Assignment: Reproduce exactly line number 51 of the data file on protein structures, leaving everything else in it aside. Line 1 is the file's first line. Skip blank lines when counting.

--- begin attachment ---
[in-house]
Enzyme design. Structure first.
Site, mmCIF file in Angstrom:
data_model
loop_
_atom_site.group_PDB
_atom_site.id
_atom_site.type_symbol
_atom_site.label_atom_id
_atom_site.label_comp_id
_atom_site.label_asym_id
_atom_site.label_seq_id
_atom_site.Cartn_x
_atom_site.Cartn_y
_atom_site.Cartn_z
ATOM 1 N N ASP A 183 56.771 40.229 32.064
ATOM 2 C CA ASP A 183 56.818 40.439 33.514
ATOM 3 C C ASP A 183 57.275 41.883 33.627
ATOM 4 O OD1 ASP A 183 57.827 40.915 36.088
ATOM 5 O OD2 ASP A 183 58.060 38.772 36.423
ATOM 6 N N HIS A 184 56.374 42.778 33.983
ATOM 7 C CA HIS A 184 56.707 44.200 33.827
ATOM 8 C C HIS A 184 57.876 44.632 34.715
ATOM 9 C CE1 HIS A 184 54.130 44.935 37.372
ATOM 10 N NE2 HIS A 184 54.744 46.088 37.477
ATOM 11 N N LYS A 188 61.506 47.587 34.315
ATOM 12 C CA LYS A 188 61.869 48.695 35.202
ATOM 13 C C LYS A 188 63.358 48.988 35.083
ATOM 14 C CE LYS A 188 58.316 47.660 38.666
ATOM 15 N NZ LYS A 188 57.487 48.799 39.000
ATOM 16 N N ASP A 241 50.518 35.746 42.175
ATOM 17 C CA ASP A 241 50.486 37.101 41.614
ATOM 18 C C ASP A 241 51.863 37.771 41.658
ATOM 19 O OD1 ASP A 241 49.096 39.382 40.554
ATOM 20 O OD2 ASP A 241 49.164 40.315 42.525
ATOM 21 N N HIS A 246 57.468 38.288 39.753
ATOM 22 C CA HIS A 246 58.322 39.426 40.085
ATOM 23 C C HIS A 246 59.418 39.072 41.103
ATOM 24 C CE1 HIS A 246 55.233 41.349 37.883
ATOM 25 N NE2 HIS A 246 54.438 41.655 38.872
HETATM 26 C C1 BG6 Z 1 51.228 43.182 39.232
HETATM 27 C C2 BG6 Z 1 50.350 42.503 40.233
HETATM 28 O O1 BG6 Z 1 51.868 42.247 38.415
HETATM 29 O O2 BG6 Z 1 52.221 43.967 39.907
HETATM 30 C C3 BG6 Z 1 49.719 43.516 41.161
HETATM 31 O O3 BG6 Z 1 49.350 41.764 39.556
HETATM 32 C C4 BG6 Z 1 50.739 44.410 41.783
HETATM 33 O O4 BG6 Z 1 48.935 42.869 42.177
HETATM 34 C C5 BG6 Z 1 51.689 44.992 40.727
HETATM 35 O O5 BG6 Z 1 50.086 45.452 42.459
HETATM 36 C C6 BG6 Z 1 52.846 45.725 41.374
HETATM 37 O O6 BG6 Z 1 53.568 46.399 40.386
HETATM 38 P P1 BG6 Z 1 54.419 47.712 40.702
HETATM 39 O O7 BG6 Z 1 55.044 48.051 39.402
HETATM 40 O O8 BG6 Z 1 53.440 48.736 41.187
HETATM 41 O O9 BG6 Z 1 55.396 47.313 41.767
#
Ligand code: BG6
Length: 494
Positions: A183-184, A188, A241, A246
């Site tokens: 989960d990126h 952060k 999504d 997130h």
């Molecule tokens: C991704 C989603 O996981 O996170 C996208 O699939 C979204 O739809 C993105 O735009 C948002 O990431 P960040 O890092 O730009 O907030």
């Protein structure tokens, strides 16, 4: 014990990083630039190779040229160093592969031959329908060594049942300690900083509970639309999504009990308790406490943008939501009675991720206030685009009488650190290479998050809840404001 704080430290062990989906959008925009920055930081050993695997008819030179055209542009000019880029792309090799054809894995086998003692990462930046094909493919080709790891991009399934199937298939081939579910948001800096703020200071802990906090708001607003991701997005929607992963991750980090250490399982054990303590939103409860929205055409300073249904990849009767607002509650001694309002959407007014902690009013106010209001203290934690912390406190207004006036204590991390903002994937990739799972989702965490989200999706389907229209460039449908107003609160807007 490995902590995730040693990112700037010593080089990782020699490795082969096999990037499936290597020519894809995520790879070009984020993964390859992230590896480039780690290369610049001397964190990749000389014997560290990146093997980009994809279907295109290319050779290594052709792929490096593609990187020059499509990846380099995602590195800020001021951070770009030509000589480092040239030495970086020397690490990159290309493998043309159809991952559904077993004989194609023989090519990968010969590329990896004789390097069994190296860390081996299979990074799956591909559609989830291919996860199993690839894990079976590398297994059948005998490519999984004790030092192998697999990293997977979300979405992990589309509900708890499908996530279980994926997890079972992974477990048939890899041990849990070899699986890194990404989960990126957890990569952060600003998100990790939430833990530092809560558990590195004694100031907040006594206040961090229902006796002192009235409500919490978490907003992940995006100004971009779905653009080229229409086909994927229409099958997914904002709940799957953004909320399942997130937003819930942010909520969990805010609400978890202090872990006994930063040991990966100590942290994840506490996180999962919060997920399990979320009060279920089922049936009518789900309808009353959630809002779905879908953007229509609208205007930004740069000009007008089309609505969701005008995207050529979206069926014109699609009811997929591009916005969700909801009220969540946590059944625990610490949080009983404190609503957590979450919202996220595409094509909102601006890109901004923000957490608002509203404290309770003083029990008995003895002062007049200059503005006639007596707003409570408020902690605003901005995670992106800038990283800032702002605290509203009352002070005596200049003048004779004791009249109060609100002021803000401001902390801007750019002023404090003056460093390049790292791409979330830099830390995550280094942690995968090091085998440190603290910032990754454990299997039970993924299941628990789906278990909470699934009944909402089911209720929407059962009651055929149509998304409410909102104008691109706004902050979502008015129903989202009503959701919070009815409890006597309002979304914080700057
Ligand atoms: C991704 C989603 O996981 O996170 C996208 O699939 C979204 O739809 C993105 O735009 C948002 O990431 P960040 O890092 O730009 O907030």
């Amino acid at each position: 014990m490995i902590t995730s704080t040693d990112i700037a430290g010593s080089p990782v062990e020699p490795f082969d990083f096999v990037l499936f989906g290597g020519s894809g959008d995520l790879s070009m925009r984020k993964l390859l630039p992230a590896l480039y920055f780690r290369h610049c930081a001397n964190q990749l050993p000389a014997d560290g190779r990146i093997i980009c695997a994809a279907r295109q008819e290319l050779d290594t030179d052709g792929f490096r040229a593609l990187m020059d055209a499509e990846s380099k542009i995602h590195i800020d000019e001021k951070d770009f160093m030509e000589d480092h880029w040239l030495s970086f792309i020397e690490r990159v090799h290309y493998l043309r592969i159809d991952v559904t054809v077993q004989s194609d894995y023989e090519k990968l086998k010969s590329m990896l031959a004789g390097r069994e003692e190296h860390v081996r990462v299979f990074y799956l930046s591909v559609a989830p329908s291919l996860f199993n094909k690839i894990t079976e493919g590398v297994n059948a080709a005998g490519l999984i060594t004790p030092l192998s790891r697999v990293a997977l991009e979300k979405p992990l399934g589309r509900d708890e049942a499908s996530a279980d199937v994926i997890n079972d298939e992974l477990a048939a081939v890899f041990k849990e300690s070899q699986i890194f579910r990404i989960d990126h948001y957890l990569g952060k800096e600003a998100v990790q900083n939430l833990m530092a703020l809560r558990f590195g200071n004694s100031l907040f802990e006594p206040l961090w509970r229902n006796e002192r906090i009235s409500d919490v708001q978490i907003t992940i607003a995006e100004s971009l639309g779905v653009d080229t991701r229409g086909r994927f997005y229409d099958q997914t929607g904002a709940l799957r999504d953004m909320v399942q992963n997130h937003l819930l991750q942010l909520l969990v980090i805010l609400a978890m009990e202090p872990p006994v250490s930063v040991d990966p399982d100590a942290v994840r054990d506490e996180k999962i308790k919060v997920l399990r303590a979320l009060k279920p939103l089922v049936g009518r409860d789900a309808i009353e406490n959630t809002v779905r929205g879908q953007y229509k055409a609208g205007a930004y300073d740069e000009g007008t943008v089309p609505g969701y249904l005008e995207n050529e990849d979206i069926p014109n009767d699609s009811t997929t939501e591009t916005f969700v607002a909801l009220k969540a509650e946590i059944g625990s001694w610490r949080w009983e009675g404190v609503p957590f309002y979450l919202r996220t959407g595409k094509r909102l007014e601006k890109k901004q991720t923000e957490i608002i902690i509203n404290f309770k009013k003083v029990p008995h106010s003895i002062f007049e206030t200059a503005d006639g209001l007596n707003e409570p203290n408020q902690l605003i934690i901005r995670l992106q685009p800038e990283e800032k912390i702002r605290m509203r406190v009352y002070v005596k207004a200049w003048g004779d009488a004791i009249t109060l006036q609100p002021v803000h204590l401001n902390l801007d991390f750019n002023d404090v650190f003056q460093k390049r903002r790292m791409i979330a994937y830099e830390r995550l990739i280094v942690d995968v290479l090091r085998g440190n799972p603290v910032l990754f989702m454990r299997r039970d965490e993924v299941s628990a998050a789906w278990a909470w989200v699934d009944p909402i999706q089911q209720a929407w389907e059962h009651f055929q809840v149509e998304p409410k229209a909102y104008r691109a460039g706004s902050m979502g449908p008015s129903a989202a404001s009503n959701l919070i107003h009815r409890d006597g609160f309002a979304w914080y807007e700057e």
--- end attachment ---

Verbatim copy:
HETATM 36 C C6 BG6 Z 1 52.846 45.725 41.374